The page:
Such indentured servitude seems horribly unjust to our eyes, but the rules were brought in by the Victorian overlords of the early professional game to stop the widespread practice of smaller clubs having their players pilfered by richer rivals. Sound familiar?

That’s pretty much the way things returned to in football once the Bosman ruling in 1995 smashed the last vestiges of retain-and-transfer, swinging the balance of power almost completely in the players’ favour. Free movement meant they could essentially swan in and out when they pleased, either at the end of their contract or by forcing a transfer lest the club lose them for nothing.

But now the proceeds of rampant unfettered capitalism have loaded big clubs’ coffers to the extent that, actually, they don’t particularly mind losing the players for nothing, if it comes to it. So the power swings again, and the likes of Sanchez, van Dijk, Coutinho and others must sit it out unless the club are happy with the deal, or (in Arsenal’s case when a late bid for Monaco’s Thomas Lemar failed) have secured a replacement.

The infusion of cash from the Gulf and pay TV has made both sides of the transfer power struggle richer, and as a result, harder to deal with. Players want higher wages on offer elsewhere, but clubs are demanding big fees or no deal – sulk all you want.

There is a PhD to be written on this summer’s transfer window, and as someone with a master’s degree in economics Arsene Wenger could be the man to do it. The Arsenal manager often seems more critically engaged when analysing the football’s financial excesses than by the subject of his team’s defensive failings.

“We have today 107 players in England who go into the final year of their contract,” Wenger said, theorising as to why his prize assets Sanchez and Mesut Ozil are doing just that. “It’s a complete rotation and change in the way people see their careers, for two reasons.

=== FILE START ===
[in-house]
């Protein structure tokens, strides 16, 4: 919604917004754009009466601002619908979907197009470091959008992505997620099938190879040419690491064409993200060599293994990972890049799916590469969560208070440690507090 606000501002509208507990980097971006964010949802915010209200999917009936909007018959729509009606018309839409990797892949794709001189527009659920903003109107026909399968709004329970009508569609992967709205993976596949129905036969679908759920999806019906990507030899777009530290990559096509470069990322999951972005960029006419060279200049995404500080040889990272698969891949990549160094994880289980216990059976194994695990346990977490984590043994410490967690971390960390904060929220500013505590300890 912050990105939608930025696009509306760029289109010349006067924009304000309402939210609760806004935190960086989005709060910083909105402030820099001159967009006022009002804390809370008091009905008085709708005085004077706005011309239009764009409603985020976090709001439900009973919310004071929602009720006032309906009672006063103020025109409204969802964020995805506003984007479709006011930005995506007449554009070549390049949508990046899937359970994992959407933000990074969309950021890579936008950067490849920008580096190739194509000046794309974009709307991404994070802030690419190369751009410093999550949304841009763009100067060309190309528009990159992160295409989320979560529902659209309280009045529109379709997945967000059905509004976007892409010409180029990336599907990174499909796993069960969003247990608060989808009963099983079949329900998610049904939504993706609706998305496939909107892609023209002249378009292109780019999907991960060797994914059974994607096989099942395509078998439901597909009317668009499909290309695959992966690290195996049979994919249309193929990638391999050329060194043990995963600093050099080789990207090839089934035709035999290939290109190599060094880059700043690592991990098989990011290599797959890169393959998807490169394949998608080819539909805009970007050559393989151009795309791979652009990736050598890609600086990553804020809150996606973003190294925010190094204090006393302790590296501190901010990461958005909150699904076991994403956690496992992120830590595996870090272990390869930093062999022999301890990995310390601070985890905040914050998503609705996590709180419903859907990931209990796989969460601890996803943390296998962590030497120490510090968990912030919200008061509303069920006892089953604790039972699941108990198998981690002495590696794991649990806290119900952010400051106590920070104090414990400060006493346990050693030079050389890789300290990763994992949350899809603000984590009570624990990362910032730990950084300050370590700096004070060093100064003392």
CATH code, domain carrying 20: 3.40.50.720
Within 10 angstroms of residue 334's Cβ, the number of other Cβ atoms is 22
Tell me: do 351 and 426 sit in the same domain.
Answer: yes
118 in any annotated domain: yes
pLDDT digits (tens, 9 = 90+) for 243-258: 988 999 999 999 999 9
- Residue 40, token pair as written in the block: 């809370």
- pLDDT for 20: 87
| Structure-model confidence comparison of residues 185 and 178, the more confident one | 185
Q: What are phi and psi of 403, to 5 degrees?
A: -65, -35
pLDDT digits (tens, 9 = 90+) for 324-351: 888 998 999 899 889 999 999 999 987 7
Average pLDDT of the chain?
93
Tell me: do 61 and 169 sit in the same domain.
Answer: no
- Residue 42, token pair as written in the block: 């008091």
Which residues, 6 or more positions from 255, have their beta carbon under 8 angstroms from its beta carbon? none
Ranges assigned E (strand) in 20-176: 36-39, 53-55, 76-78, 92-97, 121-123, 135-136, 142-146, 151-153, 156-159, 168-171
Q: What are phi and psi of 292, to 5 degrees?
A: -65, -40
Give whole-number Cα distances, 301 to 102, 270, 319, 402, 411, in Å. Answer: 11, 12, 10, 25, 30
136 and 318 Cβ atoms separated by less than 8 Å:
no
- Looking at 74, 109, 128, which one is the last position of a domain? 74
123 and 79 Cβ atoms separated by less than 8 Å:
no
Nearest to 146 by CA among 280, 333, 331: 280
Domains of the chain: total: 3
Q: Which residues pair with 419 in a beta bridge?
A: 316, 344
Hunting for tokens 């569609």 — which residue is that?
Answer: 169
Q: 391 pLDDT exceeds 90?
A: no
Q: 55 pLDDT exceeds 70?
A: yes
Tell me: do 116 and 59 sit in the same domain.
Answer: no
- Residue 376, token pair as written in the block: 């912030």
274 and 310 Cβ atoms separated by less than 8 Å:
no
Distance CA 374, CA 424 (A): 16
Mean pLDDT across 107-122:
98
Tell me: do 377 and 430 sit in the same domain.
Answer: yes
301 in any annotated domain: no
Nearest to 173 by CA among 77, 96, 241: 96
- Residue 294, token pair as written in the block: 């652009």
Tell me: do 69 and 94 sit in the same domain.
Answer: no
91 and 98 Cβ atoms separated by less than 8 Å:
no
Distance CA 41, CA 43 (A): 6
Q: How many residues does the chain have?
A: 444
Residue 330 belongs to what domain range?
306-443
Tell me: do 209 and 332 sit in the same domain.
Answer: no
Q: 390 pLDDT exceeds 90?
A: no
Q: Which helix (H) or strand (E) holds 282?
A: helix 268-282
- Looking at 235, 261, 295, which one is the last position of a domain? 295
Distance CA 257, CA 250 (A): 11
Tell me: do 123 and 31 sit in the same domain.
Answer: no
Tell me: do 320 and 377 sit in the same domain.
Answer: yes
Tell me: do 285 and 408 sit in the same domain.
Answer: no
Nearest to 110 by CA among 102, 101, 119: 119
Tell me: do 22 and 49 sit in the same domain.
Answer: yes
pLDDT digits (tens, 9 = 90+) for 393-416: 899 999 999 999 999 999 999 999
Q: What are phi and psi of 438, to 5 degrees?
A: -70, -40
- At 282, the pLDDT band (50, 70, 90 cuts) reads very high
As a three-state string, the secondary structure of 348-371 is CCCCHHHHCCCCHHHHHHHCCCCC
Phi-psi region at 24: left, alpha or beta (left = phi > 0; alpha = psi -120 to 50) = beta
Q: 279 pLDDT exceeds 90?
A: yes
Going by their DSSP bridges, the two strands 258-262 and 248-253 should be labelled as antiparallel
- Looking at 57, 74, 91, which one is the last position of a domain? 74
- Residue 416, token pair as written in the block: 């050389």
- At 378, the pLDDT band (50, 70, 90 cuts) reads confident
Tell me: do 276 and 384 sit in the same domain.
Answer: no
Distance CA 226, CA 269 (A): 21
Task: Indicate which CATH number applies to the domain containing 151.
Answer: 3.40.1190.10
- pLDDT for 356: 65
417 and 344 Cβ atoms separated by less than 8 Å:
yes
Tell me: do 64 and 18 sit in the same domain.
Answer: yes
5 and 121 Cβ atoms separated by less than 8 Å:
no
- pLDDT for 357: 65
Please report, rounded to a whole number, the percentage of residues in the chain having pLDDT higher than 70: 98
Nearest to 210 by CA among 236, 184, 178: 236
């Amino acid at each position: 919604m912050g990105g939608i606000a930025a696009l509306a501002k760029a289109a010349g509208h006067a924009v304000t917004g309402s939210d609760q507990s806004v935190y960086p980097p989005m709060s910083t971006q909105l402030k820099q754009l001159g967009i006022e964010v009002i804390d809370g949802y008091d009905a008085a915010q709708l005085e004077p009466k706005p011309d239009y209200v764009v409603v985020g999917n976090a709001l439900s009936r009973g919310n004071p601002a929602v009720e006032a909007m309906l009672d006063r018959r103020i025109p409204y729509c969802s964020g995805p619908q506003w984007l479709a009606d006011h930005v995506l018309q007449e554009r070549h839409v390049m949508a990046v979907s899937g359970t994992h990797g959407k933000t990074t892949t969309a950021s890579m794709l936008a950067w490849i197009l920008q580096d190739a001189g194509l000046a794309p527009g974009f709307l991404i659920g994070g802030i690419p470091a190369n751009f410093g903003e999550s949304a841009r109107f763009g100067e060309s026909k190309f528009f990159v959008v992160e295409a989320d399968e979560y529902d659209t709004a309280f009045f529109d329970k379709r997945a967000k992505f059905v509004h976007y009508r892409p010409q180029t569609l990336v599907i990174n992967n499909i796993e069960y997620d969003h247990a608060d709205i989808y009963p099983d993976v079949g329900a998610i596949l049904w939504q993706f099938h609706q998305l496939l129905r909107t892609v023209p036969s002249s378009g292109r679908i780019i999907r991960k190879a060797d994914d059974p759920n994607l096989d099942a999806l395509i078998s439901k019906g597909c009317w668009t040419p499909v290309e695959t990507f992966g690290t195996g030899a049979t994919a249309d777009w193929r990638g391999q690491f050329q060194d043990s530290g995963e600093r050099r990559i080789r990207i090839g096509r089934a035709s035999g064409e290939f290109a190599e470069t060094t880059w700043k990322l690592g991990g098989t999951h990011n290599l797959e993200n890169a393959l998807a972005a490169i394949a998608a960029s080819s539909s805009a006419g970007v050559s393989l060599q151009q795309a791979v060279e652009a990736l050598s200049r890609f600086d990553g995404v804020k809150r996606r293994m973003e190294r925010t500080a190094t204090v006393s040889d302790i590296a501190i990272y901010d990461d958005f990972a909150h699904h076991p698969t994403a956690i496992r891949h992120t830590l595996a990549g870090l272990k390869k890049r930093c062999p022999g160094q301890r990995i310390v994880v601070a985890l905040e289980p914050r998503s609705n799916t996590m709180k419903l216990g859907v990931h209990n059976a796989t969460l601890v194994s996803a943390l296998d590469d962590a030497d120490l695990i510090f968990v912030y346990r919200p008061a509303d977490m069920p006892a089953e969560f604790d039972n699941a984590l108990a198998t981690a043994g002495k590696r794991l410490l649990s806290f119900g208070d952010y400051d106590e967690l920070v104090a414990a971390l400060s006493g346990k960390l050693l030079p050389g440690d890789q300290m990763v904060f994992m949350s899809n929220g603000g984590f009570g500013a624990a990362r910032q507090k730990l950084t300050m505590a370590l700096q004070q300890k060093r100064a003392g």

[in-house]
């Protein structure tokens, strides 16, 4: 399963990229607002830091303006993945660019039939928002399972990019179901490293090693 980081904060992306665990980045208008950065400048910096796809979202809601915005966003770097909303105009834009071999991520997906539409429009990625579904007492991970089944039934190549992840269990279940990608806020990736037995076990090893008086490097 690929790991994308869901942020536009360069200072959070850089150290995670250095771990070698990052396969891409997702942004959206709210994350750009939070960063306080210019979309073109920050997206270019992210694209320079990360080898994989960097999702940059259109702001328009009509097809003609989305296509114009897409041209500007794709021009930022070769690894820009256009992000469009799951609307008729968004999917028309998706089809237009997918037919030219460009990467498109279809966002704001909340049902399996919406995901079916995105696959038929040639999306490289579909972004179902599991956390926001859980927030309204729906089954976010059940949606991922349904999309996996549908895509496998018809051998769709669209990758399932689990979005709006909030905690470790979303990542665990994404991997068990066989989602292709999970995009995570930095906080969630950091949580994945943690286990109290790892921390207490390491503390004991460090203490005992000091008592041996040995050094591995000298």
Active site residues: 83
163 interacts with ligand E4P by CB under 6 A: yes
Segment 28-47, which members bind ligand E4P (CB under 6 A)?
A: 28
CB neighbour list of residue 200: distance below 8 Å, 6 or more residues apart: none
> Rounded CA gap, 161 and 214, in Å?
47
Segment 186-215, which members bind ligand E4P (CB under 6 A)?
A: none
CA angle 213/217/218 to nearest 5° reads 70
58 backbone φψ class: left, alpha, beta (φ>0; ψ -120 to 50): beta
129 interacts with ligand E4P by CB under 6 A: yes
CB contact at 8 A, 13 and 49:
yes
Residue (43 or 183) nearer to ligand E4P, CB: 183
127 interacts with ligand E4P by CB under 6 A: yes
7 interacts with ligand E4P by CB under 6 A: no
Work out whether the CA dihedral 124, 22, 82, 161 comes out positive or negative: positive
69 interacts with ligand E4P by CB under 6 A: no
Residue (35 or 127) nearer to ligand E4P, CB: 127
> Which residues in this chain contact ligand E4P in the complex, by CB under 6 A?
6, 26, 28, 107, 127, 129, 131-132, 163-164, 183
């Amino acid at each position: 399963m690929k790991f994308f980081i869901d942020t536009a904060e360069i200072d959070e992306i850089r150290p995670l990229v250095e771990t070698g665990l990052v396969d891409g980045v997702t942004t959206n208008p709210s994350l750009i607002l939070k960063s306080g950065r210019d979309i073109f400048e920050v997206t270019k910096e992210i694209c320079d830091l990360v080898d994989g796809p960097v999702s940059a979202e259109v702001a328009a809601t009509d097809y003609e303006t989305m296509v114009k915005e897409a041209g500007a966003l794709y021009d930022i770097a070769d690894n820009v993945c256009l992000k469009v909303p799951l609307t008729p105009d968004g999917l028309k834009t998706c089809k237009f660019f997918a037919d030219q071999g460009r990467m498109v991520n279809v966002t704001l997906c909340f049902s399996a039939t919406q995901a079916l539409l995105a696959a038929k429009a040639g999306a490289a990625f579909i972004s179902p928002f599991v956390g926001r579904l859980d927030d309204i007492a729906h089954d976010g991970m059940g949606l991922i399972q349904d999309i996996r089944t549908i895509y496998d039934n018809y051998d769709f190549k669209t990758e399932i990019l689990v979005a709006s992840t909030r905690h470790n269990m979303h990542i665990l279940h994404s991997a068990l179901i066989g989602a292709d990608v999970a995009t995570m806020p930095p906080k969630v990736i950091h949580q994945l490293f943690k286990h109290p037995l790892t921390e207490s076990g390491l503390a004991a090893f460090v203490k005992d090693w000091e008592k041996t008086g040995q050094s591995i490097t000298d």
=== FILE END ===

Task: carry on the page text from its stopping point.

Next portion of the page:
“One, all the players expect higher wages because they anticipate inflation; [and two] because the transfer market has gone up so much but clubs do not want to pay such high prices on transfers for players, who are good players but will not change [the club's] life. The amount of money is completely disconnected to reality and the truth.”

While the latter point didn’t stop him bidding €100 million on deadline day for Lemar, Wenger is suggesting that unhappy couplings between players and clubs who have no future together will increase. The fascination is how players like Sanchez, Coutinho and van Dijk react to the simmering domestic tension, at least until the next transfer window. It’s the equivalent of staying together until the kids leave home.

But sometimes a good row can clear the air, and on his return to England Sanchez seemed to have gathered himself. “Back home. Focus,” he wrote, again on Instagram, this time with a photo of himself in Arsenal colours, pointing to the sky. Whether this means he has resolved to knuckle down at the club until his desired move materialises, or decided to bury Wenger under the patio, Brookside-style, remains to be seen.